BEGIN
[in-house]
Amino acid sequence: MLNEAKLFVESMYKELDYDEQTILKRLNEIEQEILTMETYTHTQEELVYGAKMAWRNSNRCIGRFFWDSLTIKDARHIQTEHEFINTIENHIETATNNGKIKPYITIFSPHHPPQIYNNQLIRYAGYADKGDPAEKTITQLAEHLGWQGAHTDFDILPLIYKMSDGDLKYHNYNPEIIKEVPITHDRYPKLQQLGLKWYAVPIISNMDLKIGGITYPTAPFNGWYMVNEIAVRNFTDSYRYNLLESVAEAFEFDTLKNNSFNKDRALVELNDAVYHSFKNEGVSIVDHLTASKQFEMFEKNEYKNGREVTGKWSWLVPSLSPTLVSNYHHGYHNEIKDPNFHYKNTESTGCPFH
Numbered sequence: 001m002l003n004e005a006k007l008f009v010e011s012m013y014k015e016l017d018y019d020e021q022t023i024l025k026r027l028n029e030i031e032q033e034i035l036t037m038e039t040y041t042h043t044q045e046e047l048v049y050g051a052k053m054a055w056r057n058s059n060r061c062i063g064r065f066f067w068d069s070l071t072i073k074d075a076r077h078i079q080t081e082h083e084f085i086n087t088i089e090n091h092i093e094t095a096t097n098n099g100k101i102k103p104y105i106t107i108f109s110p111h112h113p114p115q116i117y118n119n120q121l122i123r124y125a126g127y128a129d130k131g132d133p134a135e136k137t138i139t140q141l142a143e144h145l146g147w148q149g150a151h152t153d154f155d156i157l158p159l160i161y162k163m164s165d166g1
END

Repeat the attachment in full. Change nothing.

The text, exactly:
[in-house]
Amino acid sequence: MLNEAKLFVESMYKELDYDEQTILKRLNEIEQEILTMETYTHTQEELVYGAKMAWRNSNRCIGRFFWDSLTIKDARHIQTEHEFINTIENHIETATNNGKIKPYITIFSPHHPPQIYNNQLIRYAGYADKGDPAEKTITQLAEHLGWQGAHTDFDILPLIYKMSDGDLKYHNYNPEIIKEVPITHDRYPKLQQLGLKWYAVPIISNMDLKIGGITYPTAPFNGWYMVNEIAVRNFTDSYRYNLLESVAEAFEFDTLKNNSFNKDRALVELNDAVYHSFKNEGVSIVDHLTASKQFEMFEKNEYKNGREVTGKWSWLVPSLSPTLVSNYHHGYHNEIKDPNFHYKNTESTGCPFH
Numbered sequence: 001m002l003n004e005a006k007l008f009v010e011s012m013y014k015e016l017d018y019d020e021q022t023i024l025k026r027l028n029e030i031e032q033e034i035l036t037m038e039t040y041t042h043t044q045e046e047l048v049y050g051a052k053m054a055w056r057n058s059n060r061c062i063g064r065f066f067w068d069s070l071t072i073k074d075a076r077h078i079q080t081e082h083e084f085i086n087t088i089e090n091h092i093e094t095a096t097n098n099g100k101i102k103p104y105i106t107i108f109s110p111h112h113p114p115q116i117y118n119n120q121l122i123r124y125a126g127y128a129d130k131g132d133p134a135e136k137t138i139t140q141l142a143e144h145l146g147w148q149g150a151h152t153d154f155d156i157l158p159l160i161y162k163m164s165d166g1